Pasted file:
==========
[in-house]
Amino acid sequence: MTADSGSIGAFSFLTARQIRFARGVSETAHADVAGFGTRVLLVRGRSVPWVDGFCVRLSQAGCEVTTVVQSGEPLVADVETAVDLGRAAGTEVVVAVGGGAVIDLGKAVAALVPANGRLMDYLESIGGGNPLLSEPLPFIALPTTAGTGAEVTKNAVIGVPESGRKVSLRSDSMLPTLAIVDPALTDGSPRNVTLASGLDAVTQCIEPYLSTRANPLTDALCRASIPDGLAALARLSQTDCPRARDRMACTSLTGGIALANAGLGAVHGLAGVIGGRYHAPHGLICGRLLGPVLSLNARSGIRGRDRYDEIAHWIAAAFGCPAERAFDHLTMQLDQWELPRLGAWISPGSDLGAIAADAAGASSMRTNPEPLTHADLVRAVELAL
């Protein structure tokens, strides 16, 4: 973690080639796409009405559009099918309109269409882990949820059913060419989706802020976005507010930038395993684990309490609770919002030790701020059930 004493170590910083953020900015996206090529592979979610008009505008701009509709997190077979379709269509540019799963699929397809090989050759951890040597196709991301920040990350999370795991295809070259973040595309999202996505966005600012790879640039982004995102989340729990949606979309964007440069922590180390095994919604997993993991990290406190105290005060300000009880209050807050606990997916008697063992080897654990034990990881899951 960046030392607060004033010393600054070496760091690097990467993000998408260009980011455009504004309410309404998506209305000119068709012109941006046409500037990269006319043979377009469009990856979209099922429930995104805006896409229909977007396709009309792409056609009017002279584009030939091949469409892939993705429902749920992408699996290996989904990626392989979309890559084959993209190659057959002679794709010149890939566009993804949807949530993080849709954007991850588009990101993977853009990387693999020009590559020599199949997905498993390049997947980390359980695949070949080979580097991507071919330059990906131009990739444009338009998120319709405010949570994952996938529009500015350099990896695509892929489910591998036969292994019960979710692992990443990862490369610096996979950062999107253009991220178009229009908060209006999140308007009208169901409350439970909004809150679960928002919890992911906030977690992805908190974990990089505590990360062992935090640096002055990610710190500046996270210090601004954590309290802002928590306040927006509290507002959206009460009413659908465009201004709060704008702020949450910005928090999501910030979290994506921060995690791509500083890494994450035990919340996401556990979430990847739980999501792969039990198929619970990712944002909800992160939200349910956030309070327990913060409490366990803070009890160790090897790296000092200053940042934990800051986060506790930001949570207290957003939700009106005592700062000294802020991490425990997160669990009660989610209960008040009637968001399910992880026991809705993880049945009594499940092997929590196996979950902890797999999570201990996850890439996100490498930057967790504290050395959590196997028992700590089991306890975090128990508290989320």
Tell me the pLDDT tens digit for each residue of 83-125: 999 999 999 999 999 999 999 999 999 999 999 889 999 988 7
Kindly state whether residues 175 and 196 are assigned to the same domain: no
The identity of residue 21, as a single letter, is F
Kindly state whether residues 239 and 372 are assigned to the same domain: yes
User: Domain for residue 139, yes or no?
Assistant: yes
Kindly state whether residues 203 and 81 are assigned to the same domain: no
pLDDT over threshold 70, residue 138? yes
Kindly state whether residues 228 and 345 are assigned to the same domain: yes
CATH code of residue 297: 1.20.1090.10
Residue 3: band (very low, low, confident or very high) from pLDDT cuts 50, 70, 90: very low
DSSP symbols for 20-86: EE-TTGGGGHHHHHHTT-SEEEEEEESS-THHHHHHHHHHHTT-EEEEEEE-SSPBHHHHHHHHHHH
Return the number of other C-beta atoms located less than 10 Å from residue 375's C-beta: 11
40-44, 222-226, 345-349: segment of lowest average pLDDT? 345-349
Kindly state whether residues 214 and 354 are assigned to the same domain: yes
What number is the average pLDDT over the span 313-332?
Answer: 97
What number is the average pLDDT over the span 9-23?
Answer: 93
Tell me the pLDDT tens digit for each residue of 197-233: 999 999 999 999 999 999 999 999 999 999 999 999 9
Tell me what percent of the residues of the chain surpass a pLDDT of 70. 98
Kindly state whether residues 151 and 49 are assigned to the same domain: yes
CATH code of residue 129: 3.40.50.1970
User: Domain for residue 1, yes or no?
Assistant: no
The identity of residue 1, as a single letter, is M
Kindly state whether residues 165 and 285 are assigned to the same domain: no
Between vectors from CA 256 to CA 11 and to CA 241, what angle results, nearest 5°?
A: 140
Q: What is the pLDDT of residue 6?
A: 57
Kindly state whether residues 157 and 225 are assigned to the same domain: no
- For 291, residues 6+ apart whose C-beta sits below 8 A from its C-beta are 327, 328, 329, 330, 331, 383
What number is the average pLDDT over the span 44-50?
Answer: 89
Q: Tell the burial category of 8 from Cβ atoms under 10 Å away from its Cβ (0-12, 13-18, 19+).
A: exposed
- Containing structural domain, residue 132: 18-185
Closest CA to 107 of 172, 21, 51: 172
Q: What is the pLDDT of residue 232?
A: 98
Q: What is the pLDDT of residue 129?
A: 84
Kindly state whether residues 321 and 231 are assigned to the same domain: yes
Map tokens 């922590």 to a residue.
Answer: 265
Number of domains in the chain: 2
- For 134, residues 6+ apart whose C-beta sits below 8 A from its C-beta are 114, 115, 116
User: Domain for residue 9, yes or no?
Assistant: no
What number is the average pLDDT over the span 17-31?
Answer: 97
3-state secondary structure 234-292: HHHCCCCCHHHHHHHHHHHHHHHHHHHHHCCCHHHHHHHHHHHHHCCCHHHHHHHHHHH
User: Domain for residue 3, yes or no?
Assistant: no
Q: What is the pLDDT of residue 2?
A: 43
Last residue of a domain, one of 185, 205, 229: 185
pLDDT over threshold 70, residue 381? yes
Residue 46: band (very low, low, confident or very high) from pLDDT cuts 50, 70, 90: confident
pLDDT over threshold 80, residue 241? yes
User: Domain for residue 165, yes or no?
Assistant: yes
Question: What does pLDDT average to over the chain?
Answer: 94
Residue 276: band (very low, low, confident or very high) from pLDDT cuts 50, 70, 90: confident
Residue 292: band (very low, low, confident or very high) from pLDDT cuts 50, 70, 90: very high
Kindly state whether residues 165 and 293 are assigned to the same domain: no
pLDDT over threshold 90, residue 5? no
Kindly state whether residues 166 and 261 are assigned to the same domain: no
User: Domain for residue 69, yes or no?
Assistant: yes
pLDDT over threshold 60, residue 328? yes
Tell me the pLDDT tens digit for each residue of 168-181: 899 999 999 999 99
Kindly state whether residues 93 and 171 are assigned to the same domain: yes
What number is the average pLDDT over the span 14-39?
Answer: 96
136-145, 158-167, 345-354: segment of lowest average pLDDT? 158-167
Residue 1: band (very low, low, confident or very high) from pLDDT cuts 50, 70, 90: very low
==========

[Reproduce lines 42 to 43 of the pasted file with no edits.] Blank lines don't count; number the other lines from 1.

Closest CA to 107 of 172, 21, 51: 172
Q: What is the pLDDT of residue 232?